UPDATE: NoxPlayer has told us that the issue is now fixed, and that the company has upped its security protection for users.
According to ESET (opens in new tab), the company has also pushed the latest files to the update server for NoxPlayer and that, upon startup, NoxPlayer will now run a check of the application files previously installed on the users’ machines.
Security researchers have discovered multiple malware strains affecting a popular Android emulator. Rather than infect as many devices as possible, it seems that the threat actors involved were specifically targeting certain individuals within the Asian online gaming community.
“In January 2021, we discovered a new supply-chain attack compromising the update mechanism of NoxPlayer, an Android emulator for PCs and Macs, and part of BigNox’s product range with over 150 million users worldwide,” explained (opens in new tab) Ignacio Sanmillan, one of the ESET researchers that discovered the attacks. “This software is generally used by gamers in order to play mobile games from their PCs, making this incident somewhat unusual. Three different malware families were spotted being distributed from tailored malicious updates to selected victims, with no sign of leveraging any financial gain, but rather surveillance-related capabilities.”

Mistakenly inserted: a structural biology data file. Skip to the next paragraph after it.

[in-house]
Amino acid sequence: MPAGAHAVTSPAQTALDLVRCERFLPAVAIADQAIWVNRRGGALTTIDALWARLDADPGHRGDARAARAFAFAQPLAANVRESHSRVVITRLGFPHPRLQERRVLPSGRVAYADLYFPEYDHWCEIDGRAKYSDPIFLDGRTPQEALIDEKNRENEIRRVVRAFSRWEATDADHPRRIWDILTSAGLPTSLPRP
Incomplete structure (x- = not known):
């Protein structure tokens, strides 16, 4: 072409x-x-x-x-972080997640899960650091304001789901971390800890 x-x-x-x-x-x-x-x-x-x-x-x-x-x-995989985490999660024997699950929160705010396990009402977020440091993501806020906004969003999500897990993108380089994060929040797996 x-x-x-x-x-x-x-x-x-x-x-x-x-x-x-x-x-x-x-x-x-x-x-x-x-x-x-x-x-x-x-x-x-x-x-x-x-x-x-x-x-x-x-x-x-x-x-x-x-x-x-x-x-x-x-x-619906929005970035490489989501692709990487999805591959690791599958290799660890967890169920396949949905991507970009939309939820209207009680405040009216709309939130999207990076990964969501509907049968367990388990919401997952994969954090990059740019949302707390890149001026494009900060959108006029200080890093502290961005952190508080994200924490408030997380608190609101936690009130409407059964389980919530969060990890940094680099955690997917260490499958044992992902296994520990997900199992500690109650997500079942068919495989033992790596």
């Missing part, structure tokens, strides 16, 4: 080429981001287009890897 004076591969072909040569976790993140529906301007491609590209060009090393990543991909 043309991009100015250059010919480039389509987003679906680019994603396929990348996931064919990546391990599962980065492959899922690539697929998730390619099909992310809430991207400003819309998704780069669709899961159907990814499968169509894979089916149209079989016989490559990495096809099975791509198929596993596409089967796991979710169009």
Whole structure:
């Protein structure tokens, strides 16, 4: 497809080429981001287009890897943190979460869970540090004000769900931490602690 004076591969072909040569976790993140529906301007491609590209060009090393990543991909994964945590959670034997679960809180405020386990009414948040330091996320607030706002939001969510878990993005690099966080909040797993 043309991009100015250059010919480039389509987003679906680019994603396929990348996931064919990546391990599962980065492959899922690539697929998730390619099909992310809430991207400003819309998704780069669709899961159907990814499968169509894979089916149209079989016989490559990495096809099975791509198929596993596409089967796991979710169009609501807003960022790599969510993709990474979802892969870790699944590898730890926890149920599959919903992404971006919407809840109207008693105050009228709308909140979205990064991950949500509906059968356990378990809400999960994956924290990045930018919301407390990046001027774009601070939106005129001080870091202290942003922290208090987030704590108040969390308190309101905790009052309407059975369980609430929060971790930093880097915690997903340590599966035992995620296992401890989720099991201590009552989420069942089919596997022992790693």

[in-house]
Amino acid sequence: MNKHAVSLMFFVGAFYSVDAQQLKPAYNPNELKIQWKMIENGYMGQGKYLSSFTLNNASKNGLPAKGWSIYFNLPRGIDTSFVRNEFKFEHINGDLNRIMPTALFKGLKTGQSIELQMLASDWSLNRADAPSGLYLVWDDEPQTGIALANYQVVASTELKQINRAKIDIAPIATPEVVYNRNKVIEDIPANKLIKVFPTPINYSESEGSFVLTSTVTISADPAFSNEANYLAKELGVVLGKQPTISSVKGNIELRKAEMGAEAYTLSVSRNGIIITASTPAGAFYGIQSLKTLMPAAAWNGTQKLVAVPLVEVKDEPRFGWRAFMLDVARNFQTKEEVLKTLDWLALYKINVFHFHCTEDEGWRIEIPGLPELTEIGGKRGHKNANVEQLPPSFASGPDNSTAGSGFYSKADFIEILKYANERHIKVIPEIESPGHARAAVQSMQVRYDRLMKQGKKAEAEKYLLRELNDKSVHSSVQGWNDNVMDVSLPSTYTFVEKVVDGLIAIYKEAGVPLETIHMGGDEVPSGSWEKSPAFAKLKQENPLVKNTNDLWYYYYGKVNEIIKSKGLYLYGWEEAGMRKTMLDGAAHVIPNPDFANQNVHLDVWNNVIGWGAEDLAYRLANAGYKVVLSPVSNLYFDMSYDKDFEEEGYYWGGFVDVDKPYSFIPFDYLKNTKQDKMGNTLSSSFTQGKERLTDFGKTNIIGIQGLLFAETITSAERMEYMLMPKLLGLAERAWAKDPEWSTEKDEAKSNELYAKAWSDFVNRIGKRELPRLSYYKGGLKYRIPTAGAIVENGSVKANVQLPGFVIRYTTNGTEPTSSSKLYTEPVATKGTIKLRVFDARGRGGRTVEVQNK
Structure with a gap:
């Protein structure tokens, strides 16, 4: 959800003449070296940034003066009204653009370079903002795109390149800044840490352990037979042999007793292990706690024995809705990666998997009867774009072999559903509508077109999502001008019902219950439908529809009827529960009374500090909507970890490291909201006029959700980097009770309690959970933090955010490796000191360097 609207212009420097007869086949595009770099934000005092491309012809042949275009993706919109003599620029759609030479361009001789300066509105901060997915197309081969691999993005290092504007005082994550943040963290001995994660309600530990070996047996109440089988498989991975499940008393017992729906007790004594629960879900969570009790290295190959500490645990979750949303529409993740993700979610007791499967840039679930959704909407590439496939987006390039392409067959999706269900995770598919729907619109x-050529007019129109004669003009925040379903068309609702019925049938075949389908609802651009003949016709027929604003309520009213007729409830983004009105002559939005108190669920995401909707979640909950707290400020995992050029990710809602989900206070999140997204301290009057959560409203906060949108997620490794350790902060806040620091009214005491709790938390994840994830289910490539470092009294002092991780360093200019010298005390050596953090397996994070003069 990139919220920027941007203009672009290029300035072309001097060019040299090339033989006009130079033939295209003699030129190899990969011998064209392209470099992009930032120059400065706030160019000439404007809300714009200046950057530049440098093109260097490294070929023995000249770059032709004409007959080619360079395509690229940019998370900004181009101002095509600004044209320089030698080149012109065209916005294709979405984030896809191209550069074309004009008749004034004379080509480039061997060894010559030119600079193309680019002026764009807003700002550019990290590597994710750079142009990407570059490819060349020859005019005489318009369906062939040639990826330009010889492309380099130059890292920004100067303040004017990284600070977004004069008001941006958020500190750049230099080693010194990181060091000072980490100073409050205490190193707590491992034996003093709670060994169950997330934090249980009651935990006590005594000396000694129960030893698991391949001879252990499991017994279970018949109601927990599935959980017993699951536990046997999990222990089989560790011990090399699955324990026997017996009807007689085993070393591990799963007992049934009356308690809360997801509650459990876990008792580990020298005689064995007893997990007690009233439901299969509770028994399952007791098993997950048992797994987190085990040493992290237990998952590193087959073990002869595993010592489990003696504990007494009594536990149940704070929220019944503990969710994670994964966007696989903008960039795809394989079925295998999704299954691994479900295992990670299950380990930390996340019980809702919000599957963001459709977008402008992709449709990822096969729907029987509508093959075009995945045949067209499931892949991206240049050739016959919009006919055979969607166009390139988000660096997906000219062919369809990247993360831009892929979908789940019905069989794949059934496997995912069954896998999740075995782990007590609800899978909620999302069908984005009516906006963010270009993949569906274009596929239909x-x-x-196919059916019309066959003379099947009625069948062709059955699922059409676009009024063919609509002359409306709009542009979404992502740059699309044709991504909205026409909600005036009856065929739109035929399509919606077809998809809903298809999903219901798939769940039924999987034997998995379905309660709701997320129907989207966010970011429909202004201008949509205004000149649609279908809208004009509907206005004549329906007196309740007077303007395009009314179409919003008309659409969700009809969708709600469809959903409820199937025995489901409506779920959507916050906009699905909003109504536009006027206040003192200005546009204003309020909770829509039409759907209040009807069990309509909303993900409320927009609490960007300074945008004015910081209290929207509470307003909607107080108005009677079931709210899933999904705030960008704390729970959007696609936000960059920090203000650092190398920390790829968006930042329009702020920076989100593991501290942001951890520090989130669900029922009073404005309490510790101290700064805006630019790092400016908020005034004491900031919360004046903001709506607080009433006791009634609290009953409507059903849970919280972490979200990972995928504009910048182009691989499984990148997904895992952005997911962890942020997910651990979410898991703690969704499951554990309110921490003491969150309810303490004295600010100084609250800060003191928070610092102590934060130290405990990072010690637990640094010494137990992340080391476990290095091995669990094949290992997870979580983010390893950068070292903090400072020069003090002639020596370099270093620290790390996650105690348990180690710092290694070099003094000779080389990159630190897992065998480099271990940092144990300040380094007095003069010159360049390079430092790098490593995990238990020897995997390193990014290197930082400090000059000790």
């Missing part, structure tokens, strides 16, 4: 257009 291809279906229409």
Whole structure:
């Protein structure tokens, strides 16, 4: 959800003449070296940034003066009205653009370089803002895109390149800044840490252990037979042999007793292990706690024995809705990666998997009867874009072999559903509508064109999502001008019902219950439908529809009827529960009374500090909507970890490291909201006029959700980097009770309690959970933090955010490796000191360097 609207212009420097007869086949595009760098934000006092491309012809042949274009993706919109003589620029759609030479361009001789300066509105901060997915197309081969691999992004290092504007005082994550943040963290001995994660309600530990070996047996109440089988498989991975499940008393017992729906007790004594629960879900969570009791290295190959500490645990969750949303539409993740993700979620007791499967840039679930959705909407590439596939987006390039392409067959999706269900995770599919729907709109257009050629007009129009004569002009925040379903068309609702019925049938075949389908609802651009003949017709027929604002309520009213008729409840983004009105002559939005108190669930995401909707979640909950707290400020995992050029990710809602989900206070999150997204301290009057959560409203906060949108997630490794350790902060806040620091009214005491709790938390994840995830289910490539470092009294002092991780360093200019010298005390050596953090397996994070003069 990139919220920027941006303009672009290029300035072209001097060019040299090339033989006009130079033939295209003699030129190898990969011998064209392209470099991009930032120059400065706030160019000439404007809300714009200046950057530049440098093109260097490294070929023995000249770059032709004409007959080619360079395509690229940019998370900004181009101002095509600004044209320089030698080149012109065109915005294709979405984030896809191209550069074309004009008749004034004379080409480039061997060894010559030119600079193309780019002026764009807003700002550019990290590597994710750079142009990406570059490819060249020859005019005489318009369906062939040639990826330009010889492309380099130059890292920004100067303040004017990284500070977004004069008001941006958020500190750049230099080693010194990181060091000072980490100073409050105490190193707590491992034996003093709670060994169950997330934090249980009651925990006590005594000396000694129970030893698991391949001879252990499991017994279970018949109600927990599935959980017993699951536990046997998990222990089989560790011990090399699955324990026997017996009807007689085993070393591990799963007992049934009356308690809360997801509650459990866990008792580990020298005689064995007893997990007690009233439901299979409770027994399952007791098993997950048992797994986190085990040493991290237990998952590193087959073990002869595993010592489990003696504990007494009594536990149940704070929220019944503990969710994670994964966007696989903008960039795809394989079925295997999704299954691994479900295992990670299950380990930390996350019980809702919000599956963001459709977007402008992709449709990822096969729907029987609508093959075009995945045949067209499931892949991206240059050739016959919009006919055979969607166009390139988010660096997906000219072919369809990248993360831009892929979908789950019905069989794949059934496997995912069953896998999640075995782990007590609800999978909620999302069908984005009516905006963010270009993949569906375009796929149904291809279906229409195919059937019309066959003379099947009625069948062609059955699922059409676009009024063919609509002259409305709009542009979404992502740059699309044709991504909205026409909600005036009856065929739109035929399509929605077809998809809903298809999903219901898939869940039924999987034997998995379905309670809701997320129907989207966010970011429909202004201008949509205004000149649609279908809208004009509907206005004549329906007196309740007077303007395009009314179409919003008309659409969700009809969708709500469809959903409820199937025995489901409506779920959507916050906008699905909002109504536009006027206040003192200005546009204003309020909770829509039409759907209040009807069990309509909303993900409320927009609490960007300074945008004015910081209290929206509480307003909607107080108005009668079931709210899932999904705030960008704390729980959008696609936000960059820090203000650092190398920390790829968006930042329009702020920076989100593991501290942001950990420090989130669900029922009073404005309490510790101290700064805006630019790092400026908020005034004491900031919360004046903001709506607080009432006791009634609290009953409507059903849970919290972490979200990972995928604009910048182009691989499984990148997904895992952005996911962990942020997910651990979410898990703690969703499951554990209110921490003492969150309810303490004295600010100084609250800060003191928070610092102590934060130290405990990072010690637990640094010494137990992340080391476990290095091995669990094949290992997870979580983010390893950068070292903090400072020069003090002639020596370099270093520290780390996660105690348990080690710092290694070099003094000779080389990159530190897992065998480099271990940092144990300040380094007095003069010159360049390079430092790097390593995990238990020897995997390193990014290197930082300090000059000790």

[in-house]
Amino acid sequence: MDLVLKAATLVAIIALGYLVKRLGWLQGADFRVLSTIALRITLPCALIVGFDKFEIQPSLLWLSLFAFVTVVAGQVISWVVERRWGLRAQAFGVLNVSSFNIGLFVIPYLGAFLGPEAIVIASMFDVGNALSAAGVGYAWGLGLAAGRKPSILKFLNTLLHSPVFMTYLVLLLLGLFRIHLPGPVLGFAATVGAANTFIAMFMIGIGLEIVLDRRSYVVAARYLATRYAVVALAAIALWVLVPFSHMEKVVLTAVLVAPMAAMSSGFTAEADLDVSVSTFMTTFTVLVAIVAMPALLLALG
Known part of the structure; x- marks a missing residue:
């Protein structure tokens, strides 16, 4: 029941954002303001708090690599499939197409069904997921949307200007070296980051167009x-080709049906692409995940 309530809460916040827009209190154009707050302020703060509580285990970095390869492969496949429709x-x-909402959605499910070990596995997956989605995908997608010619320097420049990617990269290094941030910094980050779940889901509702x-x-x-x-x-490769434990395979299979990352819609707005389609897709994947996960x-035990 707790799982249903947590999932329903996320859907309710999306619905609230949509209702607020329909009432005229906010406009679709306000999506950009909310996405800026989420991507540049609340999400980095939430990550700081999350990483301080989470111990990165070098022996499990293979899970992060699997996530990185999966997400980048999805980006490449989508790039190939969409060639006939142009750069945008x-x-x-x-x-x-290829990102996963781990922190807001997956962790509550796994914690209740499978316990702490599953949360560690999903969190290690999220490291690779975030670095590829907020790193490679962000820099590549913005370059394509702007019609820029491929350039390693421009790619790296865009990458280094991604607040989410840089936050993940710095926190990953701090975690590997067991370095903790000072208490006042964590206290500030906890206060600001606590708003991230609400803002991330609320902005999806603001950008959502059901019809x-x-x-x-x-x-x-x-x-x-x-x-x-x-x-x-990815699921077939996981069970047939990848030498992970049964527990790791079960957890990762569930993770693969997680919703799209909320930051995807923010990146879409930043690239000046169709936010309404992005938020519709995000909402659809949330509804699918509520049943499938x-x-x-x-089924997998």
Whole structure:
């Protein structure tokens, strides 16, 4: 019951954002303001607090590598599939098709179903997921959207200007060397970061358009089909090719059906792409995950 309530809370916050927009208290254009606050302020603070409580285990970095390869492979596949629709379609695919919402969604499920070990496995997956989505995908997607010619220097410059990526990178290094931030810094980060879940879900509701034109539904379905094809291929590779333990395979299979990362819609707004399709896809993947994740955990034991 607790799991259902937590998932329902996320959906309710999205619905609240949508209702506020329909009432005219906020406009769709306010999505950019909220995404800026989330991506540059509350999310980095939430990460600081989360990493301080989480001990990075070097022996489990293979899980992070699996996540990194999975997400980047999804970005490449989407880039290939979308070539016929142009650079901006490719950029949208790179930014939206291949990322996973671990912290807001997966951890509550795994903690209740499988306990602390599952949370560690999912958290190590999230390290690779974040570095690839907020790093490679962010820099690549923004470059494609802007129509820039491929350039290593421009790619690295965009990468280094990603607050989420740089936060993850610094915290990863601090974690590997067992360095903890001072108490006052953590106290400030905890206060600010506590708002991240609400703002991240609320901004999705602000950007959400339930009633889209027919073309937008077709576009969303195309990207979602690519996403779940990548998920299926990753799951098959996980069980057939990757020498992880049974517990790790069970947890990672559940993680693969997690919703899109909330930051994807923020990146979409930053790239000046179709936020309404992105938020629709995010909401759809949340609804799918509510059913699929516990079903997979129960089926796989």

The different malware strains were delivered by a hacker group known as “NightScout” after it managed to compromise BigNox’s storage infrastructure. The group then infiltrated BigNox’s API infrastructure to deliver its malicious payloads.
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Do not update
When unsuspecting NoxPlayer users downloaded an update, they were unknowingly downloading multiple malware strains with surveillance-related capabilities.
The first has not been documented before, while the second was a variant of the Ghost remote access trojan (RAT). NightScout also delivered a second-stage payload, the PoisonIvy RAT, but from their own infrastructure rather than using compromised NoxPlayer updates.
Interestingly, it appears that NightScout only infected five NoxPlayer users with a malicious update, based in Taiwan, Hong Kong, and Sri Lanka.
Although targeted cyberattacks are not unusual, they are more commonly used to target government officials or high-profile businessmen. It is not currently clear why NightScout conducted an espionage operation targeting the gaming community.
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Via Bleeping Computer (opens in new tab)